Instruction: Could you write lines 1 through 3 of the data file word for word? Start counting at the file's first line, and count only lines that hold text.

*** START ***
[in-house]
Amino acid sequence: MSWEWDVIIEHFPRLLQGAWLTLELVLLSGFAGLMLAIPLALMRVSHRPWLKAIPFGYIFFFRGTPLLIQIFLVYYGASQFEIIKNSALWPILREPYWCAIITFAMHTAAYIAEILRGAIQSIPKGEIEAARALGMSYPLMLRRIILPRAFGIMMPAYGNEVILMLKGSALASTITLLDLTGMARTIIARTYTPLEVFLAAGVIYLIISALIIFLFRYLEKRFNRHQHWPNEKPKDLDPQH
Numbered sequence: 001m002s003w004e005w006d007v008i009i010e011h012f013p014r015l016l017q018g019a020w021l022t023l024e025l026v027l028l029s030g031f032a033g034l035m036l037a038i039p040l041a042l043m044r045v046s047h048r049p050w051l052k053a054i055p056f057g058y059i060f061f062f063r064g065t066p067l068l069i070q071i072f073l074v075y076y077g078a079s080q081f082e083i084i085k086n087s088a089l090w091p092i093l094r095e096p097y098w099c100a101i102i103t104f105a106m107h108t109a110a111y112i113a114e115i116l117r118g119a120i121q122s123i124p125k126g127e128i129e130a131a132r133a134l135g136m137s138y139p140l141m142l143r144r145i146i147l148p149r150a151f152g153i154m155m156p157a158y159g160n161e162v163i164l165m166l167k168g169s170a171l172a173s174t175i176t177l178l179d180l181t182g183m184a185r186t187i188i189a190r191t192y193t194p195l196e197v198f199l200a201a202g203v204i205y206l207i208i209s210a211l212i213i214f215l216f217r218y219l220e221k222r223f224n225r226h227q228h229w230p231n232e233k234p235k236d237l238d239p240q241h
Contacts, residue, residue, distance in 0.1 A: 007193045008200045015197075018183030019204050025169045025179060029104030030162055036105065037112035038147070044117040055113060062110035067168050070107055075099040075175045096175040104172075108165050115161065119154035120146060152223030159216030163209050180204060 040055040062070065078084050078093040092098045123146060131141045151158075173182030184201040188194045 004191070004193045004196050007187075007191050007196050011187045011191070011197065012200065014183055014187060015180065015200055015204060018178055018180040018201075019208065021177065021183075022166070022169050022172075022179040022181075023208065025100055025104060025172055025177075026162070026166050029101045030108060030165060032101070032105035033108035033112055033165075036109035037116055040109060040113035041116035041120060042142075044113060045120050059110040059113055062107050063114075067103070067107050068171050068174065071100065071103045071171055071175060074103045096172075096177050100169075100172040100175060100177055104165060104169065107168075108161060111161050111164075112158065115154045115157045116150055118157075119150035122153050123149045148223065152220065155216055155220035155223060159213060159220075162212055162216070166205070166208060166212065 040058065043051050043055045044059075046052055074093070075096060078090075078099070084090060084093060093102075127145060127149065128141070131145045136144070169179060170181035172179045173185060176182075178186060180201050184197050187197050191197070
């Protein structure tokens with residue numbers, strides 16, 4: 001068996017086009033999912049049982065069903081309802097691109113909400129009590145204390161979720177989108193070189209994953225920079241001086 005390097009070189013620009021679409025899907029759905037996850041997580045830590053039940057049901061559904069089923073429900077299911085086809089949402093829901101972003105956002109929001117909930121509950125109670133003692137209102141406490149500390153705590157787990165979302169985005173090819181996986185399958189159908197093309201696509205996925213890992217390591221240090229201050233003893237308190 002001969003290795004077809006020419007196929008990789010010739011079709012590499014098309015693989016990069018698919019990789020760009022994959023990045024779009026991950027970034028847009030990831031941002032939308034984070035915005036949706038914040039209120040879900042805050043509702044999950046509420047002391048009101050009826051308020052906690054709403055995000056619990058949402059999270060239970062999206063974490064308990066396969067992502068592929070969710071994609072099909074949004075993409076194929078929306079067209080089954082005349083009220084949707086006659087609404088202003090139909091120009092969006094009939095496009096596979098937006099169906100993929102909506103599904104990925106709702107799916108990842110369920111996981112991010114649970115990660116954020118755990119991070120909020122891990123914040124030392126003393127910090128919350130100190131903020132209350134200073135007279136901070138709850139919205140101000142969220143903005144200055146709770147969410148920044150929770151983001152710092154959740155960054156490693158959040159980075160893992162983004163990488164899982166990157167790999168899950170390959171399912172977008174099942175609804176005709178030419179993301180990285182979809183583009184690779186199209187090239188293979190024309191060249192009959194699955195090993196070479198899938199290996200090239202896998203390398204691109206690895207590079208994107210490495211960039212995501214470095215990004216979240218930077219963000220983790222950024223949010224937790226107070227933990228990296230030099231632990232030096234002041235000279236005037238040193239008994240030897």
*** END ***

[in-house]
Amino acid sequence: MSWEWDVIIEHFPRLLQGAWLTLELVLLSGFAGLMLAIPLALMRVSHRPWLKAIPFGYIFFFRGTPLLIQIFLVYYGASQFEIIKNSALWPILREPYWCAIITFAMHTAAYIAEILRGAIQSIPKGEIEAARALGMSYPLMLRRIILPRAFGIMMPAYGNEVILMLKGSALASTITLLDLTGMARTIIARTYTPLEVFLAAGVIYLIISALIIFLFRYLEKRFNRHQHWPNEKPKDLDPQH
Numbered sequence: 001m002s003w004e005w006d007v008i009i010e011h012f013p014r015l016l017q018g019a020w021l022t023l024e025l026v027l028l029s030g031f032a033g034l035m036l037a038i039p040l041a042l043m044r045v046s047h048r049p050w051l052k053a054i055p056f057g058y059i060f061f062f063r064g065t066p067l068l069i070q071i072f073l074v075y076y077g078a079s080q081f082e083i084i085k086n087s088a089l090w091p092i093l094r095e096p097y098w099c100a101i102i103t104f105a106m107h108t109a110a111y112i113a114e115i116l117r118g119a120i121q122s123i124p125k126g127e128i129e130a131a132r133a134l135g136m137s138y139p140l141m142l143r144r145i146i147l148p149r150a151f152g153i154m155m156p157a158y159g160n161e162v163i164l165m166l167k168g169s170a171l172a173s174t175i176t177l178l179d180l181t182g183m184a185r186t187i188i189a190r191t192y193t194p195l196e197v198f199l200a201a202g203v204i205y206l207i208i209s210a211l212i213i214f215l216f217r218y219l220e221k222r223f224n225r226h227q228h229w230p231n232e233k234p235k236d237l238d239p240q241h